Brief Fact Summary. Evelyn Halpern (Appellant) appeals from an order of the District Court for the Eastern District of New York, Judge John F. Dooling Jr., which affirmed the order of the referee in bankruptcy. The referee in bankruptcy denied on summary judgment Appellant’s discharge because Schwartz’s (Appellee) objections to her discharge were concluded by the prior judgment in which she was involuntarily adjudicated bankrupt.
Synopsis of Rule of Law. A prior judgment will not foreclose reconsideration of the same issue if that issue was not necessary to the rendering of the prior judgment, and hence was incidental, collateral, or immaterial to that judgment.
Issue. When the prior judgment rested on three independent, alternative grounds, is that judgment conclusive as to the facts that were necessarily found in order to establish only one separate ground?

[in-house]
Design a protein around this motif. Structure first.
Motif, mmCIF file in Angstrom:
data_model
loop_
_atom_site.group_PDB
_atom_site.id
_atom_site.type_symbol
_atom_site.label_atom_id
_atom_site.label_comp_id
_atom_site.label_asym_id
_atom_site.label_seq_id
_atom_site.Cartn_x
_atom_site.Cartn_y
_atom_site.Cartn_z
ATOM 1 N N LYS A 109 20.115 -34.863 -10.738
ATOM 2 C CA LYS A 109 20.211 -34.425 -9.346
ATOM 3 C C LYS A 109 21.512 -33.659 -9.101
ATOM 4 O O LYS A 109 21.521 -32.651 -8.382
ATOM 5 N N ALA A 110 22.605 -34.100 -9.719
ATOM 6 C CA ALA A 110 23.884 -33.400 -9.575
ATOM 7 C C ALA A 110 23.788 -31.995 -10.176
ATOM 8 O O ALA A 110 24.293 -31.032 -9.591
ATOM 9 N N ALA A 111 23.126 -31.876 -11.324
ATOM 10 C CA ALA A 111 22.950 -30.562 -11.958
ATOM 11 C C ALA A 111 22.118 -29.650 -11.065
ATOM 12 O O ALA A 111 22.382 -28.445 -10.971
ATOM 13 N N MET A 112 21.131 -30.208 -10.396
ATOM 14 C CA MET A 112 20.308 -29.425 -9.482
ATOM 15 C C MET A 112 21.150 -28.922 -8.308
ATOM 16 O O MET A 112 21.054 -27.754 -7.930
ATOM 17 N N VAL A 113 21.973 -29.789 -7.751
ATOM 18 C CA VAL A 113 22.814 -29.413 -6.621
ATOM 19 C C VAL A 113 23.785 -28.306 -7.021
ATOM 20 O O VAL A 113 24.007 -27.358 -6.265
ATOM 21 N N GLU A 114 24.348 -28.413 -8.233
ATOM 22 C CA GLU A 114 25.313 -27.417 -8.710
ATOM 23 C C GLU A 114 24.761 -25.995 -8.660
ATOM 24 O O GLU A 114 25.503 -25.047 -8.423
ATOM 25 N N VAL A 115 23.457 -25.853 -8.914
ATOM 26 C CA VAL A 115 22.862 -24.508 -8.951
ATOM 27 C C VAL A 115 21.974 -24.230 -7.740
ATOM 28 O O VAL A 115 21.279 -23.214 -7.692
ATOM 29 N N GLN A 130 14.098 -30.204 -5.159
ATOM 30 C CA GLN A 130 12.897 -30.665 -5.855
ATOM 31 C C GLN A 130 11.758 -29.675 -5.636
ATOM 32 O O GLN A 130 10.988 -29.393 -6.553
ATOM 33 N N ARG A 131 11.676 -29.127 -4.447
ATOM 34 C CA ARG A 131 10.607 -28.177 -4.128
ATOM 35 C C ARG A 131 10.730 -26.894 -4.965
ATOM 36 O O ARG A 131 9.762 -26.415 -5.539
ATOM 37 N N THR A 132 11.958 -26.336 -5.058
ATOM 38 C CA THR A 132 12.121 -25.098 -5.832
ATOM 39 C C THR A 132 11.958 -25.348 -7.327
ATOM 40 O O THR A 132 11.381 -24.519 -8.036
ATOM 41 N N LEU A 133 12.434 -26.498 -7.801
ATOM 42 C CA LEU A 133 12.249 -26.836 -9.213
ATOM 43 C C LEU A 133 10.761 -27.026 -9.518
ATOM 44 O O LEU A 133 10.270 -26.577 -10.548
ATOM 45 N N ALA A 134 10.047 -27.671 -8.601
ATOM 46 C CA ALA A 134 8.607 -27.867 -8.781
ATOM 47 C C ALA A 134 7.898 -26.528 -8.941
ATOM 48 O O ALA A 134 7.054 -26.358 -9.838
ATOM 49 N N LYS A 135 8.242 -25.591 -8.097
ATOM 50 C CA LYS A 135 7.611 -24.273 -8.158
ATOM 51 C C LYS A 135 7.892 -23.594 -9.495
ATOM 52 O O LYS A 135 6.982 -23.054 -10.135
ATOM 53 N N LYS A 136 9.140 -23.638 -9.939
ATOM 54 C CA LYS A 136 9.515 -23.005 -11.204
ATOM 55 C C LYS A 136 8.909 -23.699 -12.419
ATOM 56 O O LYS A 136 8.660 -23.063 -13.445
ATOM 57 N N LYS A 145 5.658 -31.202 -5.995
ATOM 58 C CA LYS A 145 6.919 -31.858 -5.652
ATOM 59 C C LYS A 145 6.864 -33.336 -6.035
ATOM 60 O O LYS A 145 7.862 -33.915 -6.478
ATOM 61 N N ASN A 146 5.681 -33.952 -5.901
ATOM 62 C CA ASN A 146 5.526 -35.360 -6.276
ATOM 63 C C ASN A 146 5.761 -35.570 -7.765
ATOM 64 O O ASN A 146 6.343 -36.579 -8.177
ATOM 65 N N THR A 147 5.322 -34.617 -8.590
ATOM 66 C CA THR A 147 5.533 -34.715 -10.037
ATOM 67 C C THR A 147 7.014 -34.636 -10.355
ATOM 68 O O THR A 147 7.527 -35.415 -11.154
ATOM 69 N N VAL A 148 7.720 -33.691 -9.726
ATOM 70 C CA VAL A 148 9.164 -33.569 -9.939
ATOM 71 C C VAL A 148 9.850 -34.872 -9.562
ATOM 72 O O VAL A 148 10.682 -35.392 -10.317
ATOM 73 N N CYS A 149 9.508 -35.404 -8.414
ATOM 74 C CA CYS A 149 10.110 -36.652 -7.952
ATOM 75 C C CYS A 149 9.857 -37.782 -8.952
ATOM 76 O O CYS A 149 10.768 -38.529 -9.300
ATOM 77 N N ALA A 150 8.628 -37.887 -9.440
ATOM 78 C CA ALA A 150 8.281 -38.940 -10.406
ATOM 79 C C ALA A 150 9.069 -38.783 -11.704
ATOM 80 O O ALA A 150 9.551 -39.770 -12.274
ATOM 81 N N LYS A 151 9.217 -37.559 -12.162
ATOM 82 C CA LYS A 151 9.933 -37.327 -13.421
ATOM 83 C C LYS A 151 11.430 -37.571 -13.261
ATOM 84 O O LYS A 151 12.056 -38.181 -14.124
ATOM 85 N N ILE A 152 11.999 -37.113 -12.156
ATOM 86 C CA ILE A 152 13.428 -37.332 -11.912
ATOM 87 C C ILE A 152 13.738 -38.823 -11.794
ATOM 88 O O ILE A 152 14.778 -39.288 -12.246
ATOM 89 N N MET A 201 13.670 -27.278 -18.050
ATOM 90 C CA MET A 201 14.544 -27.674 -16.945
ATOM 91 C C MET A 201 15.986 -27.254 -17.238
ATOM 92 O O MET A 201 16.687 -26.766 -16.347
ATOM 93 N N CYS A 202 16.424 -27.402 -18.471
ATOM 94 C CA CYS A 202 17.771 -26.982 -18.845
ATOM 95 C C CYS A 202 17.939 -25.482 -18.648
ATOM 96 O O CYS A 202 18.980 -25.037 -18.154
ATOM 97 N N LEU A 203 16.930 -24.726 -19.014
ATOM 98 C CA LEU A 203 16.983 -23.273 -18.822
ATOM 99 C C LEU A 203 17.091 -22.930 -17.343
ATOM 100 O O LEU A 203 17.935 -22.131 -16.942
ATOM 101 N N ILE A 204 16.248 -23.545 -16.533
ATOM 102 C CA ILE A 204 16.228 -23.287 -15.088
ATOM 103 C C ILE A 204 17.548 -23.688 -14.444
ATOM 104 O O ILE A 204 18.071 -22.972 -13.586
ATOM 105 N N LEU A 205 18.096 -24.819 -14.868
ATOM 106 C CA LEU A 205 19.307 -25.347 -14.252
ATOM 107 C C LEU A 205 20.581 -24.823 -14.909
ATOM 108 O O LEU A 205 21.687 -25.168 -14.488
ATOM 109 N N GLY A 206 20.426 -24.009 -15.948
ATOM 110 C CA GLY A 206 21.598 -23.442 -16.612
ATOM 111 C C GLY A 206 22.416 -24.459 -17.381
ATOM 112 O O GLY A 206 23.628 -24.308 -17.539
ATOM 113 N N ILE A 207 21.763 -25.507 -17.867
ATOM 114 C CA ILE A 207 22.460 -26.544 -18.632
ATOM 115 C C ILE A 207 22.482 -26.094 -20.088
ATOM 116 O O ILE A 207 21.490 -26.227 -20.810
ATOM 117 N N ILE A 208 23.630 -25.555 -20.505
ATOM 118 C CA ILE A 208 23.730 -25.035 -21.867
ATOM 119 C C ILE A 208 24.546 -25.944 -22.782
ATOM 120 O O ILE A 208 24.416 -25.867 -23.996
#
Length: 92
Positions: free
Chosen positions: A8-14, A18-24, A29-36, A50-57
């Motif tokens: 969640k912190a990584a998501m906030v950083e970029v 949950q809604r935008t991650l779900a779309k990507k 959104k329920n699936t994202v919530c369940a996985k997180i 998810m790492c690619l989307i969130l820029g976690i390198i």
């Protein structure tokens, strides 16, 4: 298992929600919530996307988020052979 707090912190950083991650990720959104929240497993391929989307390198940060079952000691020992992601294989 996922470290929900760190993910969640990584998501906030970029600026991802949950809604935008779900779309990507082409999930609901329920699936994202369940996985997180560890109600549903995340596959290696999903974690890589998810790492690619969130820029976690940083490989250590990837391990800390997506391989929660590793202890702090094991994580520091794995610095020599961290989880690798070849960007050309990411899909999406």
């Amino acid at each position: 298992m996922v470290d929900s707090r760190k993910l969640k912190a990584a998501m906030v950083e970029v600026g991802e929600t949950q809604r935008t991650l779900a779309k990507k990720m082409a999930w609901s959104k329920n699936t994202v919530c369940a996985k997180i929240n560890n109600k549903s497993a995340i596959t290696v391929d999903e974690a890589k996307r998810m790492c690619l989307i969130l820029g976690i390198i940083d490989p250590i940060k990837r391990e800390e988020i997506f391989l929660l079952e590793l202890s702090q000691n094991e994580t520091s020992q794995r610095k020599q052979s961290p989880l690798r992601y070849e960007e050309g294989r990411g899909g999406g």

Held. No. When a prior judgment adjudicating one bankrupt rests on two or more independent alternative grounds, it is not conclusive as to the issues in trial of objections to discharge which issues were necessarily found in order to establish only one of those grounds. Since the finding of Appellant’s actual intent to hinder and delay her creditors was found in connection with only one of the independent grounds, thus it cannot be given conclusive effect in this litigation.
It is well established that although an issue was fully litigated and a finding on the issue was made in the prior litigation, the prior judgment will not foreclose reconsideration of the same issue if that issue was not necessary to the rendering of the prior judgment, and hence was incidental, collateral, or immaterial to that judgment.View Full Point of Law